Alaska Supreme Court Rules Unconstitutional for Ban on Set Net; Fishermen Relieved and Happy
Jan 05, 2016 04:46 AM EST
The Alaska Supreme Court decided that the ban on set net is unconstitutional. They will not continue with the ballot voting of voters related to the law. Fishermen were happy and relieved with the news.
KTUU reported that an earlier decision in 2014 by the lower court ruling that ordered the ballot voting be certified by the lieutenant governor was reversed. The lieutenant governor had declined to certify the order that states that the voting will appear on the 2016 ballot.
Undercurrent News mentioned the banning of the practice came from the conservation group Alaska Fisheries Conservation Alliance (AFCA) and were disappointed with the latest decision. The Supreme Court said that the initiative was unconstitutional thus will not be put to voters. In earlier reports, the Third District Superior Court reversed the decision of the former lieutenant governor Mead Treadwell who declined to certify the initiative. However, in the Dec. 31 decision of the Supreme Court, they stated that the ballot initiative would have yielded the authority to control the state's natural resources straight to the voters.
Many set net fishermen said it was a relief, KTVA stated. After months of worrying about money invested in the business the fishermen can now rest peacefully. The president of the group of net setters called Resources for All Alaskans said now that was cleared people can now make investments and whatever they want and need to do. Jim Butler also said that people can now contribute to the board of fish process and not feel like it was hanging over their head.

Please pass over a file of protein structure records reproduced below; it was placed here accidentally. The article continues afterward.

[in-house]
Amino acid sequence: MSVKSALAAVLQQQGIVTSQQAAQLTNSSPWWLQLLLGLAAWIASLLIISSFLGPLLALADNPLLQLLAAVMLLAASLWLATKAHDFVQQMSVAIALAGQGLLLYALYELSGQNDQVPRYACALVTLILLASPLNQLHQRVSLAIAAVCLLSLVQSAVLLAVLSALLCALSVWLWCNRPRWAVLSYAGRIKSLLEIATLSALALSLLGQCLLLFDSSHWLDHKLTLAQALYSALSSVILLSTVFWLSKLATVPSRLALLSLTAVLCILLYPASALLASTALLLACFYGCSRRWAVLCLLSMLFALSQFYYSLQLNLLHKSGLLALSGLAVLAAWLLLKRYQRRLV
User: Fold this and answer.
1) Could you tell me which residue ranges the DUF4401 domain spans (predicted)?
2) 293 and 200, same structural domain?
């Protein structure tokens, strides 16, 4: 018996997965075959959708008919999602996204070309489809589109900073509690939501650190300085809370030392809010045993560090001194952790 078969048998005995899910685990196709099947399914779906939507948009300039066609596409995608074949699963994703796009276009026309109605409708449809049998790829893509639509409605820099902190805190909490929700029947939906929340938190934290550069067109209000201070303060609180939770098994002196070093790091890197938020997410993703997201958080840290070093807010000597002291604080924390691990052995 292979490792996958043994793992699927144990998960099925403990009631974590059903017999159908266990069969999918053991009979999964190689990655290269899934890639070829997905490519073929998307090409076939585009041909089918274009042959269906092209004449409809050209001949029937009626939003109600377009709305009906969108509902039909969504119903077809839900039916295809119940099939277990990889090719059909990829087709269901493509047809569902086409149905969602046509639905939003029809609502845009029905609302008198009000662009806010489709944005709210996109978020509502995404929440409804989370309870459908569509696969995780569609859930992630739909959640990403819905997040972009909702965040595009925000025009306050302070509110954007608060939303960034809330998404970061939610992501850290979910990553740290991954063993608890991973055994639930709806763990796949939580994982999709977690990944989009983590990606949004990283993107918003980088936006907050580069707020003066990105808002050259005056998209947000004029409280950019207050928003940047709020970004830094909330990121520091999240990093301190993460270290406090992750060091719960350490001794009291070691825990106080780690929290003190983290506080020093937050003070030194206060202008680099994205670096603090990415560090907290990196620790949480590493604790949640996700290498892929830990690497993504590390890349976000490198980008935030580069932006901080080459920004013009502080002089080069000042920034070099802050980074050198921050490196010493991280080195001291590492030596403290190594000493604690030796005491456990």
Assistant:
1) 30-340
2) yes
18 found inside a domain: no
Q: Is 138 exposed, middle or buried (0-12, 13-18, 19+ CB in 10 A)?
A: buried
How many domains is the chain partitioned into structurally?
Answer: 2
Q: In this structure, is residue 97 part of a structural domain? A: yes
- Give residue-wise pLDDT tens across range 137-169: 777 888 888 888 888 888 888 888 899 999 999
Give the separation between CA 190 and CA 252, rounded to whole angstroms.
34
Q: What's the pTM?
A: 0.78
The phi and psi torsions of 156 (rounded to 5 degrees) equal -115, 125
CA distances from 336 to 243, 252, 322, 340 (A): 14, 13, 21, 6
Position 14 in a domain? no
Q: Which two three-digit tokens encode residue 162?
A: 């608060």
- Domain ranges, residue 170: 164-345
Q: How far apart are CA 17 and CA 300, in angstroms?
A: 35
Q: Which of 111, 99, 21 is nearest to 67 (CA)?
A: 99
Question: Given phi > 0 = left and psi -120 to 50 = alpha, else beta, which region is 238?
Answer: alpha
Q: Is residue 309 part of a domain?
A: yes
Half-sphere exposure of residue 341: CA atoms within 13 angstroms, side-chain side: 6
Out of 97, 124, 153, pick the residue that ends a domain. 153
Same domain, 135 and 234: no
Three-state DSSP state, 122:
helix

AFCA is concerned regarding the set net fishing because it endangers king salmon runs; the fish are often caught as bycatch. Since the Supreme Court sided with Treadwell, AFCA said they will find other ways to pursue the banning. "We're looking at some legislation for some potential buyout options on a voluntary basis for set netters that choose to move on to another line of work," said Sen. Micciche. He added that he will propose a bill during the upcoming legislative session.